Final Rule on Overtime Eligibility for White Collar Employees (Benefit Minute)
On September 24, 2019, the Department of Labor revised a regulation issued under the Fair Labor Standards Act (FLSA) by updating the salary threshold that applies to the FLSA’s overtime exemption for executive, administrative and professional employees from $455 to $684 per week. Absent an applicable exemption, an employer is required to pay 1½ times the employee’s regular rate of pay for all hours worked is excess of 40 hours per week.
The DOL previously issued a final rule in May 2016 that updated the salary level for the white collar exemption from $455 per week ($23,660 per year) to $913 per week ($47,476 per year), increased the annual compensation threshold for highly compensated employees from $100,000 to $134,004 and included a mechanism to automatically update the salary and compensation levels every three years. As employers were in the process of implementing the new rule in advance of its effective date (by raising salaries, converting employees from salaried to hourly and/or reorganizing workload), the final rule was challenged in court by business groups. A U.S district court in Texas determined it was invalid because it moved to non-exempt status large numbers of individuals Congress intended to be exempt. The DOL appealed the decision; however, the appeal was slow-tracked due to the intervening change in the administration. Therefore, the previously issued final rule never went into effect and the DOL had been working on a new rule with a new standard.
New Final Rule
The final rule includes the following provisions:
- Raises the salary level to $684 per week ($35,568 per year)
- Increases the highly compensated annual compensation threshold to $107,432 per year
- Allows employers to use nondiscretionary bonuses and incentive payments to satisfy up to 10% of the salary level (no change to how employers may use bonuses to meet the highly compensated annual compensation threshold)
In order for an employer to credit nondiscretionary bonuses and incentive payments towards the salary level, such payments must be made at least annually. If an employee does not earn enough in nondiscretionary bonus or incentive payments to meet the salary level in a 52-week period, the employer must make a catch-up payment within one pay period in order for the employee to maintain exempt status.
The final rule does not contain an automatic mechanism to adjust the salary level and highly compensated threshold; however, the DOL has stated that it intends to update these amounts more regularly in the future through notice-and-comment rulemaking.
Other FLSA Provisions Remain Unchanged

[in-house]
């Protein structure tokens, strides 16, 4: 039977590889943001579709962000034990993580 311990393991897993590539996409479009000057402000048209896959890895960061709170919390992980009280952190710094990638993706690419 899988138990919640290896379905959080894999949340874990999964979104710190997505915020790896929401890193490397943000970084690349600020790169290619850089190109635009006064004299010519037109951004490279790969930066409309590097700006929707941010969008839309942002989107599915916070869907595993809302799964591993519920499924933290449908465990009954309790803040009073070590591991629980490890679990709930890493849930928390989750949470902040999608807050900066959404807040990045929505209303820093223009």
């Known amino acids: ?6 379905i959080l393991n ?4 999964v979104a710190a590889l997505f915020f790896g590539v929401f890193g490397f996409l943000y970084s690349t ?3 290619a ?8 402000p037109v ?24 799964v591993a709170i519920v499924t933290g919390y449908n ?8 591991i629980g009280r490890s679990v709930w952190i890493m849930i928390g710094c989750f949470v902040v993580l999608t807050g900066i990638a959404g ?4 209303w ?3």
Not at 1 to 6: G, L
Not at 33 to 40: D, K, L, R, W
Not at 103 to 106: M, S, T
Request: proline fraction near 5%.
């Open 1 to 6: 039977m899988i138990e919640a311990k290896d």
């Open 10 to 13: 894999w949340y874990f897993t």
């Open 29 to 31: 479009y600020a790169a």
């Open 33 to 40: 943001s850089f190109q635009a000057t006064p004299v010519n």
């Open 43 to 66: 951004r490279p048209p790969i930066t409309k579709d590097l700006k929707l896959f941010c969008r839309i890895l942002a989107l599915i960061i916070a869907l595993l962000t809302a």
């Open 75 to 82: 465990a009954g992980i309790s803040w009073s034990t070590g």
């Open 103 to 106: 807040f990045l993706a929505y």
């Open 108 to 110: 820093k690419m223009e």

The salary level is just one of three criteria for the FLSA white collar exemption. The other two criteria remain unchanged. They are:
- The employee must be paid on a salary basis not subject to reduction based on the quantity/quality of work (salary basis test)
- The employee’s primary job duty must involve the kind of work associated with exempt executive, administrative or professional employees (standard duties test)
For the administrative exemption to apply, the employee’s primary duty must be the performance of office or non-manual work directly related to the management or general business operations of the employer or its customers. In addition, the employee’s primary duty must include exercise of discretion and independent judgment with respect to matters of significance.
For the executive exemption to apply, the employee’s primary duty must include managing the enterprise or a department of the enterprise, regularly directing the work of at least 2 full-time employees and having the authority to hire, fire and promote other employees.
The professional exemption applies to a:
- Learned professional with advanced knowledge in a field of science or learning, customarily acquired by a prolonged course of specialized learning
- Creative professional where the work requires invention, imagination or talent in a field of artistic or creative endeavor
The circumstances in which an employer may make deductions from pay of an exempt employee remain unchanged. An exempt employee must receive the full weekly salary for a week in which the employee performs any work except in the following situations:
- Absence of one or more full days for personal reasons other than sickness or disability
- Absence of one or more full days for sickness or disability in accordance with a bona fide policy
- Penalties imposed in good faith for infraction of safety rule of major significance
- Unpaid disciplinary suspensions of one or more full days imposed for infractions of a written workplace conduct rule
- Proportional payment in first or last week of employment
- Weeks in which employee takes any amount of unpaid FMLA leave
The effective date of the final rule is January 1, 2020. Many employers had already made changes in 2016 before the previous final rule was invalidated. However, employers should once again analyze how many employees who are currently treated as exempt will fall below the new $684 per week salary level and take action to adjust employees’ salaries or reclassify them to a status that tracks hours worked and pays overtime for hours worked in excess of 40 per week.